Fortin rarely strays from this compositional layout, as evidenced by the works presented in this exhibition. In this respect, a few engravings (no 27 and no 28) bear mentioning because of the way his dynamic use of line enhances the struggle between the natural elements (sky, clouds, water) and the more industrial components of the port and railway, which at times tend to take over the entire surface. The watercolour entitled View of Montreal and Lachine Canal, 1930, (no 24) is the exception that proves the rule. Indeed, the composition of this work differs from what can be found in Fortin’s other urban scenes in that the industrial area, with its chimney towering over the church spires relegated to the background, takes up the bulk of the painting’s foreground and middleground.
During the period between World Wars I and II, Fortin exhibited his cityscapes on a regular basis, including at the Art Association of Montreal’s annual Spring Exhibitions. Yet critics were more interested in his landscapes. Some, however, did, on occasion, make reference to his original approach to painting urban views. Albert Laberge, for example, comments on the Hochelaga and port scenes, which he finds to be "strong" and executed in "a bold palette" ("Exposition de tableaux et de sculptures à la maison Eaton" ["Painting and Sculpture Exhibition at the Eaton Store Gallery"], La Presse, May 8, 1929). Laberge revisited this topic in greater detail in the section devoted to Fortin in his book, published at his own expense in 1945, entitled Journalistes, écrivains et artistes (Journalists, Writers, and Artists). However, in my opinion, Laberge is actually projecting his own personal concept of the city onto Fortin’s paintings when he states that he sees in them "the powerful and admirable vision of the crowded city, the workers’ city where entire families have little more that a few narrow rooms for lodging, and where they live out their poor, humble lives". (p. 176)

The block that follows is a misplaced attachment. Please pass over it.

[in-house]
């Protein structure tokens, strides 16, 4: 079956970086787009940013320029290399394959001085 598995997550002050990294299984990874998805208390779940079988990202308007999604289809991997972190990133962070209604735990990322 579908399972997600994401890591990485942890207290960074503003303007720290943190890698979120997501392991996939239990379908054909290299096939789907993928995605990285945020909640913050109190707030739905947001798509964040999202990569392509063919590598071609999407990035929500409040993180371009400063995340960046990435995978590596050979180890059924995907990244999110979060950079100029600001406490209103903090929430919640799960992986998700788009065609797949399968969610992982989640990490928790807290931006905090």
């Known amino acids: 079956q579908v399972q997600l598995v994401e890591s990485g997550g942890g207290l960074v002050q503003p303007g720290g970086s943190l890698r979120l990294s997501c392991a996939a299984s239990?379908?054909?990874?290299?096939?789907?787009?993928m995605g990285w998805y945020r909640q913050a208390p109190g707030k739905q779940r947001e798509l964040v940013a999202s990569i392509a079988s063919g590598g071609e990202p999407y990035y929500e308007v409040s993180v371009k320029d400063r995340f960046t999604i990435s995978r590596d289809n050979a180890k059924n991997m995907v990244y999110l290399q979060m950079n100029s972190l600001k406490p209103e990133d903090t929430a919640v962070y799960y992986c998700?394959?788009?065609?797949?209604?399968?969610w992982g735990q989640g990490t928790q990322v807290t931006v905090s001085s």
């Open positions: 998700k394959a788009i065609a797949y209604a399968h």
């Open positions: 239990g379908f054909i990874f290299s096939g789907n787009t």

Urbanization in Quebec was in full swing and metropolitan areas accounted for 60% of the population in the early 1930s, yet not a single critic seems to have noticed that Fortin’s approach displays a tension between the city and the neighbouring countryside that was slowly being overtaken by urban spread. Only one critic makes mention of the contrast between the clouds and smoke on the one hand and the solidity of the rectangular masses that formed the buildings on the other (anonymous, "Fortin Exhibition in Eaton Gallery", The Gazette, September 19, 1933). Years later, English-language critic Robert Ayre used a delightful domino metaphor to describe the urban residential constructions that stand out against the Hochelaga sky (Ayre, "The Sophisticated and the Homespun", Montreal Star, May 30, 1964).
It was in the 1960s that a new generation of critics discovered in Fortin’s work the vision of a village-like Montreal that no longer existed. "When he turns his eye to the city, Mr. Fortin sees rows of quaint Old World dwellings in Quebec, or broad views of Montreal in the days before the urban sprawl scrambled much of the beauty into an untidy blur of smoke and concrete," observes Raymond Heard in the Montreal Star, December 21, 1963. "Montreal, as interpreted by Fortin, is a sort of rustic paradise. Dwellings and factories are usually seen from a distance, in a softening haze", writes Gerald Taaffe in the July 1964 Montrealer. "His Montreal", Taaffe continues, "blends into countryside imperceptibly, as certain towns of the south of France, and totally unlike the Montreal most of us see from day to day".